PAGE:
In 2011 Arizona lawmakers adopted the Empowerment Scholarship Accounts (ESA) program, commonly known as a school voucher program, which provides state funds to pay for tuition and various educational services offered by private and parochial schools.
Originally, the ESA program gave parents or guardians of students who had disabilities that could not be addressed in public schools the opportunity to turn to private schools. Over the years, the program has expanded to extend eligibility to students in several other categories, including foster-care children, those residing on American Indian reservations and those attending failing public schools.
Currently, about 23,000 students are eligible and slightly over 5,000 are receiving vouchers, most of whom have disabilities. Most ESA money has been spent for tuition to private schools.
In 2017, the Legislature passed a bill signed by the governor that expands ESA program eligibility to all 1 million students in the state, although it caps total enrollment at 30,000 (as noted below, the existence of the cap, which was adopted out of political expediency, may somewhat complicate how various groups and voters might look at the measure).
The 2017 legislation was put on hold after a referendum drive put Proposition 305 on the ballot. A “yes” vote would be in favor of the legislation, a “no” vote would be in opposition to the legislation. Rejection of the legislation would have no effect on the existing ESA program.
Much of the debate thus far has featured familiar pro and con arguments regarding school vouchers in general.
Proponents, picking up the themes first articulated by economist Milton Friedman in the 1950s, argue that vouchers give parents a greater choice in choosing education services for their children. They also argue that forcing public schools to compete in an educational free market will improve the educational offerings of the public schools. Vouchers are seen by proponents as valuable in both saving taxpayer money and ensuring that funds will go to teaching students rather than being “wasted” on public school administration.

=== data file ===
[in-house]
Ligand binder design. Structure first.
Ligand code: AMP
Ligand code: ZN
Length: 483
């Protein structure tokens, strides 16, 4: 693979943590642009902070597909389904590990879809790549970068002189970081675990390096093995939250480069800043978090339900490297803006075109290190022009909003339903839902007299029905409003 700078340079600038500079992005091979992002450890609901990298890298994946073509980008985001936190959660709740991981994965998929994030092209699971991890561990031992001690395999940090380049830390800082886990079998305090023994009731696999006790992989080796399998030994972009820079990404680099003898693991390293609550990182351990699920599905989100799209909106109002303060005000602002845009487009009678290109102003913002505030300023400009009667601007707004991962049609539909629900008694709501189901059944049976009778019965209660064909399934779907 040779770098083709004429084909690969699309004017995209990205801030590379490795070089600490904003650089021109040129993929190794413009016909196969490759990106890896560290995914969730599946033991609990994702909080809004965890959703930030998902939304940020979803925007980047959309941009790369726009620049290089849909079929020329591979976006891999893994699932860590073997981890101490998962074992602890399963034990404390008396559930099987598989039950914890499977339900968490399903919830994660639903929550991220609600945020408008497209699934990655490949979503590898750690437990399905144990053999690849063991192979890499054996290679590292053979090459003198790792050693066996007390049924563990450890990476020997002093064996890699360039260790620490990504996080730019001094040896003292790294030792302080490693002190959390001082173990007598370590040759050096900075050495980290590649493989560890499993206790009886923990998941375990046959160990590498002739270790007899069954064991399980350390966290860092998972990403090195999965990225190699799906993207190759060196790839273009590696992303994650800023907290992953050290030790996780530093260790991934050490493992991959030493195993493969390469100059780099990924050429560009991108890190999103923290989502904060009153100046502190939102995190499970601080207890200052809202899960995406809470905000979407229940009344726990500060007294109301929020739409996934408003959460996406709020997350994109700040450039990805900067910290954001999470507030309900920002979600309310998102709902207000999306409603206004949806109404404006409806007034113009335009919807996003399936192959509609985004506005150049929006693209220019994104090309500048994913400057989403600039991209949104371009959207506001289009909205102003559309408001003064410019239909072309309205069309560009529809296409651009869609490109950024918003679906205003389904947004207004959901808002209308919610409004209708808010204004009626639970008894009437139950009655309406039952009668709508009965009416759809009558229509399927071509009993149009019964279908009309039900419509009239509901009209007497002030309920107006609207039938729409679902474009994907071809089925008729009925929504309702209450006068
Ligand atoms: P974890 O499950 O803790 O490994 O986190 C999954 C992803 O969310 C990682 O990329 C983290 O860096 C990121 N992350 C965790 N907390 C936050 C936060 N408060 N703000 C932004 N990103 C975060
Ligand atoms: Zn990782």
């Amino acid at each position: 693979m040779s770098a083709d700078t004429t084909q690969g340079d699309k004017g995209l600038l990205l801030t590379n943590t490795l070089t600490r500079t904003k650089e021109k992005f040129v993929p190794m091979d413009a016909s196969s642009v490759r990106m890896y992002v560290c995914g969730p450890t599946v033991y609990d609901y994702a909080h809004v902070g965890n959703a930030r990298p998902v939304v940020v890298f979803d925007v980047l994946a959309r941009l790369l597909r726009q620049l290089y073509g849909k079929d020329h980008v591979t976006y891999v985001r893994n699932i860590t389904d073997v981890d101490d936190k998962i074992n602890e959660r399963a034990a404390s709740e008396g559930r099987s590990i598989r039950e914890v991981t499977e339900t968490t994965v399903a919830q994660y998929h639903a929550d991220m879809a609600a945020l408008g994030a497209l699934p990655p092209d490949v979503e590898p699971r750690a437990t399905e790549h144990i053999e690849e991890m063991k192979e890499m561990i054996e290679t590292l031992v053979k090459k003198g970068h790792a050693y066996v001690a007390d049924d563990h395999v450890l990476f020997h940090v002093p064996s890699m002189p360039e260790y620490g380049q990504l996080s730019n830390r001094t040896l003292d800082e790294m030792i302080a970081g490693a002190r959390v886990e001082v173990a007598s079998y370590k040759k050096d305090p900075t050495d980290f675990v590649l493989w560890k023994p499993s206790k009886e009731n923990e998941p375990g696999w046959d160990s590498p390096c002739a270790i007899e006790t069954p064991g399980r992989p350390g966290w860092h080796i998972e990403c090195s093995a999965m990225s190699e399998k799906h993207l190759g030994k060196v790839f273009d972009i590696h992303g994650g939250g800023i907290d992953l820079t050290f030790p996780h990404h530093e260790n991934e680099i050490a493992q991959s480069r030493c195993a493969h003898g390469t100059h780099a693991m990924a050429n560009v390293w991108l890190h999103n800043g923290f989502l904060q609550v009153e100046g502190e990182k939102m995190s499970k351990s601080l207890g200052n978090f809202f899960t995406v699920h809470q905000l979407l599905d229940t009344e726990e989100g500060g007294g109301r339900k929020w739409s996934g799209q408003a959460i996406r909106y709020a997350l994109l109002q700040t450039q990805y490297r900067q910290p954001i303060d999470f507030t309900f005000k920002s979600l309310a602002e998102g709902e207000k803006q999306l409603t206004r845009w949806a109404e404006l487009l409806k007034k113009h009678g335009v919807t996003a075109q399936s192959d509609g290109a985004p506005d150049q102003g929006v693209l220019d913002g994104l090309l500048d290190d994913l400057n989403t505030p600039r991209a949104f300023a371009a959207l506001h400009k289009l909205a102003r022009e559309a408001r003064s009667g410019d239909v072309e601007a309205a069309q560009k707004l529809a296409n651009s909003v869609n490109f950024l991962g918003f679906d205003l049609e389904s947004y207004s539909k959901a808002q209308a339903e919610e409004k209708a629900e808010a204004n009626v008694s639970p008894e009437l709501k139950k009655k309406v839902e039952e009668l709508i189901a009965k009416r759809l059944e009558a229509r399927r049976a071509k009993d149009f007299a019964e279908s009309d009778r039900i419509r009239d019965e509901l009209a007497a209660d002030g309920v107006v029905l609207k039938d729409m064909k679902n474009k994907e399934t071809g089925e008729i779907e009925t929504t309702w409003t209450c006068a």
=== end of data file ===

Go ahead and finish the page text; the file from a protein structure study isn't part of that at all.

Backers of voucher expansion include Governor Doug Ducey, the state chapter of Americans for Prosperity supported by Charles and David Koch, and the American Federation for Children, which is supported by U.S. Secretary of Education Betsy DeVos, the Goldwater Institute, Center for Arizona Policy and the Arizona Catholic Conference.
Voucher opponents say they divert tax dollars from public schools. Opponents argue public funds should be spent on public schools, not private or parochial schools.
Considerable concern also has been expressed that the existing program lacks meaningful oversight to ensure that public funds are being used as intended and that private schools are held accountable for their educational services.
The ESA program also has been criticized on the grounds that it tends to benefit people who are well off financially, not impoverished or middle-class families. Only those with considerable financial means can take advantage of the ESA program because vouchers do not come anywhere close to paying the full tuition for a quality private school.
Some opponents point out that there is no need for additional avenues for school choice. Arizona already offers parents plenty of options in addition to the existing ESA program, including open enrollment in public schools, home schooling and charter schools.
The 30,000-voucher cap placed on ESA programs, which is included in Proposition 305, could complicate expansion plans. For example, parents of children with special needs who already are in the program could find themselves in competition for vouchers — and possibly losing out — if eligibility is expanded to a larger population of students. A “no” vote could be looked upon as protecting students that the ESA program was originally designed to help.
The cap may be difficult for proponents to eliminate because of the Voter Protection Act. Adopted in 1998, the law requires a three-fourths vote in both legislative chambers to make any changes in measures approved by the voters. Any change in voter-mandated propositions is limited to “further the purpose” of the ballot proposition only.